While he’s never appeared among the Five, Cleveland third-base prospect Giovanny Urshela — owing to his combination of performance relative to position and age and level — has more than once been the last player cut, as it were, from this recurring exercise. Now, though, after a week in which he’s hit three home runs — and recorded an entirely serviceable 3:4 walk-to-strikeout ratio — he makes his debut. Absent entirely from Baseball America’s top-30 organizational list entering the season, the Colombian has ascended to Triple-A as a 22-year-old. By way of illustrating the significance of that accomplishment, note that only 11 of the 151 qualified batters in the International and Pacific Coast Leagues combined are 22 or younger. Of those 11, only Dodgers outfield prospect Joc Pederson has produced a better batting line relative to league than Urshela.
Here’s Urshela’s most recent home run, from this Monday:
And here’s a slow motion version of that same thing, for some reason:
Dixon Machado, SS, Detroit (Profile)
Players who possess Tommy La Stella’s skill set — which is to say, those whose main and/or only offensive asset is controlling the hell out of the strike zone — players who possess that offensive skill set whilst also playing corner outfield are unlikely to produce much in the way of wins at the major-league level. Players who do that while demonstrating come competence at a more challenging position, like second base or third base or center — those players are Tommy La Stella. Meanwhile, those players who capable more or less of approximating La Stella’s offensive approach while also playing above-average shortstop — those are talented players. That said regard these two lines:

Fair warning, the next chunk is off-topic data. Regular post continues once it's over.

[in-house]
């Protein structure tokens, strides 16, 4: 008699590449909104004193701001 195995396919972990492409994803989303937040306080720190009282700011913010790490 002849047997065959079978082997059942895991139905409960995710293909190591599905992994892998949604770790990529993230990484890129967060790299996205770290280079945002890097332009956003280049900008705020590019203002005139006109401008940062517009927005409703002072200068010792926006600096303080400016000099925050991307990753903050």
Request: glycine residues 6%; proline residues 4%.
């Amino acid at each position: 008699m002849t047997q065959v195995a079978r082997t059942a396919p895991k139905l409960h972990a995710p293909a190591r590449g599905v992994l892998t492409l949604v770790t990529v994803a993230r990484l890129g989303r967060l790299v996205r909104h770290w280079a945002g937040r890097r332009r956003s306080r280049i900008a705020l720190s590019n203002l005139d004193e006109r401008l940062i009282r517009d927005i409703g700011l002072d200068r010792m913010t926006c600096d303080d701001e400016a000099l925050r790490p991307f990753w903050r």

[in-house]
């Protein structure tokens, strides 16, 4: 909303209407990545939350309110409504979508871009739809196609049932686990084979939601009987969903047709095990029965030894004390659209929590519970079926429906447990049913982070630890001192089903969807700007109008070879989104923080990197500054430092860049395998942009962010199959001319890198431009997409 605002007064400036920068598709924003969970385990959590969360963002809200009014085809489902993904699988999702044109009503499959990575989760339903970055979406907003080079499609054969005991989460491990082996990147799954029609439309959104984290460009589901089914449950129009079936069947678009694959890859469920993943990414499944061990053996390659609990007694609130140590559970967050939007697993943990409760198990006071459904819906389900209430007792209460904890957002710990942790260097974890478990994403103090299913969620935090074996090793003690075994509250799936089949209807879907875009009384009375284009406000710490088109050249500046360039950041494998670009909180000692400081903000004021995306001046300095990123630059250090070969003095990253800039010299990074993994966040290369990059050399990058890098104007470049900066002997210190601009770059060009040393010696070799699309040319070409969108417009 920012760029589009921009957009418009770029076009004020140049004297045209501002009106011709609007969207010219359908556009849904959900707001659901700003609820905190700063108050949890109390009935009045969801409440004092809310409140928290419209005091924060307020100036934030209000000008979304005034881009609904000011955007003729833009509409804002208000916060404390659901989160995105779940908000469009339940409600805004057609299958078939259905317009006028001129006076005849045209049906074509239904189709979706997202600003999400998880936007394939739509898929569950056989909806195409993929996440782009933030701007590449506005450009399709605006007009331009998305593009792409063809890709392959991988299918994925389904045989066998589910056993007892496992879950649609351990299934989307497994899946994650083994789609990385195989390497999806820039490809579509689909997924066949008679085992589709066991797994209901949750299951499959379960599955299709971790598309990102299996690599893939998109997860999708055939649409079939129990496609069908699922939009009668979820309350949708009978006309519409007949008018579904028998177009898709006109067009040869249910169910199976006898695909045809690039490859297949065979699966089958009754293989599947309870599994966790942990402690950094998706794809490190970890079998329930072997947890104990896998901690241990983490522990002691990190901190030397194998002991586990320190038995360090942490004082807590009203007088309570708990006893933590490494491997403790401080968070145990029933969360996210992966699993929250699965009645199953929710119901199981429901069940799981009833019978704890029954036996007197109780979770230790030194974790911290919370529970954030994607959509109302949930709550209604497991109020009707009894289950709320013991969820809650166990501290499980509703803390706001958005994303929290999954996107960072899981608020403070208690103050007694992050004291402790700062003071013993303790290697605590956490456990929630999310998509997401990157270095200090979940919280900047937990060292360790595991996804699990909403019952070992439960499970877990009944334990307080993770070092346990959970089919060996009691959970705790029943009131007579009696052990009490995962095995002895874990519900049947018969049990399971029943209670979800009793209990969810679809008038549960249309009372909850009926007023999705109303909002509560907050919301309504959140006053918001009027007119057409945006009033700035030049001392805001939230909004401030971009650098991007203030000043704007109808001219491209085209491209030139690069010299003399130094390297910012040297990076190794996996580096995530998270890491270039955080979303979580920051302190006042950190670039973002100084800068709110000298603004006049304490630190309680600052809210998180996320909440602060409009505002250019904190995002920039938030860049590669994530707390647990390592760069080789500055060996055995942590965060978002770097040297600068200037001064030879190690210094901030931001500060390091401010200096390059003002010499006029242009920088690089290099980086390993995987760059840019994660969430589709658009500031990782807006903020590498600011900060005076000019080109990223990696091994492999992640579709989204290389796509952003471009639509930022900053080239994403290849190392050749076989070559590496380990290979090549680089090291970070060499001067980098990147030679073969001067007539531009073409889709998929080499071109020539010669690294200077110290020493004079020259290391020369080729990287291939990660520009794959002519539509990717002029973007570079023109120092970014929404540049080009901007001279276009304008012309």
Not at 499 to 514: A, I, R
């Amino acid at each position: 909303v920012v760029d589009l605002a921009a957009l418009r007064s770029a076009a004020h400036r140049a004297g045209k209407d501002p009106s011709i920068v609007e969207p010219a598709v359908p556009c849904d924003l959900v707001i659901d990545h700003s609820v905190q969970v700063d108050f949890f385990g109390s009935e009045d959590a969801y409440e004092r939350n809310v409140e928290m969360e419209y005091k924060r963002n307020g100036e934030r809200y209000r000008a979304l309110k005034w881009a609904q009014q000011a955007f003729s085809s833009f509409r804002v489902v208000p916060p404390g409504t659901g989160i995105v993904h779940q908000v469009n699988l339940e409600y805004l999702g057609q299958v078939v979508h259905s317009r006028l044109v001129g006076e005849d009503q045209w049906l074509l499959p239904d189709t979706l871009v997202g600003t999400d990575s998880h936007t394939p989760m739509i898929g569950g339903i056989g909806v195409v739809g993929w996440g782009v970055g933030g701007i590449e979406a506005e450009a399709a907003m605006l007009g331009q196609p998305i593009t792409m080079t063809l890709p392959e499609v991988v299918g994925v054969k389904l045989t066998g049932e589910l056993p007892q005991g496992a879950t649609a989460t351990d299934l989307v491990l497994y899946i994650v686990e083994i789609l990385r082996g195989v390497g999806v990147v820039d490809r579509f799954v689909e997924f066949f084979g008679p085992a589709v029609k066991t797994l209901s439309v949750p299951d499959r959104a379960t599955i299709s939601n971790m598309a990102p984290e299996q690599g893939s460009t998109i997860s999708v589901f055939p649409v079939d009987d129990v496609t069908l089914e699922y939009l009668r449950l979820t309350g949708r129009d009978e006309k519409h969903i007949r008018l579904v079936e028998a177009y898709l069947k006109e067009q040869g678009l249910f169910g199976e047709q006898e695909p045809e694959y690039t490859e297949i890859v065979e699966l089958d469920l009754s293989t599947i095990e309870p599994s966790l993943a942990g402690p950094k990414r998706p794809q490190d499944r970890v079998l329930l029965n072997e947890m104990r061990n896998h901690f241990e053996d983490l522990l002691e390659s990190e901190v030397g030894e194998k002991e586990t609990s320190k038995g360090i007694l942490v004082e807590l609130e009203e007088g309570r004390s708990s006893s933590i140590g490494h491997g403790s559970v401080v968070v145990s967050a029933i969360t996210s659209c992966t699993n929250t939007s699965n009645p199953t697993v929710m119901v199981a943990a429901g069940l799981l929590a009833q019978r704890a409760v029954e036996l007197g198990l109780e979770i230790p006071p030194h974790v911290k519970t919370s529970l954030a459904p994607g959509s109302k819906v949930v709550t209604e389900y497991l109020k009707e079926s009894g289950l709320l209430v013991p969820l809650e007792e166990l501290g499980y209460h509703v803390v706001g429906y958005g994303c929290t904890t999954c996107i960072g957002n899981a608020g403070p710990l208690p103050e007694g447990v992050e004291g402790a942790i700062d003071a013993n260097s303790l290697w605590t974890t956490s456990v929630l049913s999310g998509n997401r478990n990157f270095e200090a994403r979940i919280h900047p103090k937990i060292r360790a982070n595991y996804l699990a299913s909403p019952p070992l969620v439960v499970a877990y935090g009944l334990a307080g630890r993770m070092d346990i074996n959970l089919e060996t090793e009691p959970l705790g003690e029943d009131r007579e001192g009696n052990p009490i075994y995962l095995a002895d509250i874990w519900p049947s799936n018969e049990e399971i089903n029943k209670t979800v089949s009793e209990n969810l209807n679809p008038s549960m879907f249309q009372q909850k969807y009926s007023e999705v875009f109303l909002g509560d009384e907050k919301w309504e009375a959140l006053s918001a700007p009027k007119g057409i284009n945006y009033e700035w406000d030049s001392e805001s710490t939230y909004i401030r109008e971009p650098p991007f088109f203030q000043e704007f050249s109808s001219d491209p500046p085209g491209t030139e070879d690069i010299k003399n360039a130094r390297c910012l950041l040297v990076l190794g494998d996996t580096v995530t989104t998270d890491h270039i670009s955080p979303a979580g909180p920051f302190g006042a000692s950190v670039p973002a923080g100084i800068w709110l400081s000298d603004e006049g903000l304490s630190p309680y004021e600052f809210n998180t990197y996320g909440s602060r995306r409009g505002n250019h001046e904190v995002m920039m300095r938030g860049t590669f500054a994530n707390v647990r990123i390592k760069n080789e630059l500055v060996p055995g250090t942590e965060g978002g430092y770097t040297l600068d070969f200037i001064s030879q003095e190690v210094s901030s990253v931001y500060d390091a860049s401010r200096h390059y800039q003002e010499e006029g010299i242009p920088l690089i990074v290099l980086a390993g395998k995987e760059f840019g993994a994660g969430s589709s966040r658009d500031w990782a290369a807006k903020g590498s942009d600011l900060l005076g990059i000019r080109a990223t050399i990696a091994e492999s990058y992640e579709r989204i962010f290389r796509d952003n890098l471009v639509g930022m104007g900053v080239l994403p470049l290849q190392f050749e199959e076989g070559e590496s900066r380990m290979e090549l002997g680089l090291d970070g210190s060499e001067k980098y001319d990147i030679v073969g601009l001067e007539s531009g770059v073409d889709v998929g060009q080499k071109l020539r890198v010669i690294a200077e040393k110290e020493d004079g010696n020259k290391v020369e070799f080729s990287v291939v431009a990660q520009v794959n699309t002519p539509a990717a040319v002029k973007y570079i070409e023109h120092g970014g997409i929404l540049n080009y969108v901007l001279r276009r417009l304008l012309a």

One of them is La Stella’s age-24 line at Double-A Mississippi; the other, Machado’s age-22 (i.e. current) line at Double-A Erie. It isn’t necessary to indicate which is which. They’re similar, is the point. The other point is that, should he continue to demonstrate this level of competence offensively, Machado is nearly certain to find himself on a major-league roster.
Here’s a modestly informative GIF featuring Machado’s most recent hit:
Blayne Weller, RHP, Arizona (Profile)
All of the facts previous reported in this column regarding Weller remain true. He remains 24 years old. He definitely was signed out of the independent Frontier League. He does still throw 94-95 mph. And he has recorded 12- and 16-strikeout games this year. A new thing is now true of him, too: since last week’s appearance among the Five, Weller made a start in which he recorded a 7:0 strikeout-to-walk ratio against 24 batters over 6.0 innnings (box).
The Next Five
These are players on whom the author might potentially become fixated.
Gavin Cecchini, SS, New York NL (High-A Florida State League)
Jharel Cotton, RHP, Los Angeles NL (High-A California League)
Yandy Diaz, 3B, Cleveland (High-A Carolina League)
Sherman Johnson, IF, Los Angeles AL (High-A California League)
Glenn Sparkman, RHP, Kansas City (High-A Carolina League)
Fringe Five Scoreboard
Here are the top-10 the players to have appeared among either the Fringe Five (FF) or Next Five (NF) so far this season. For mostly arbitrary reasons, players are assessed three points for each week they’ve appeared among the Fringe Five; a single point, for each week among the Next Five.
|1||Taylor Cole||Blue Jays||RHP||6||2||20|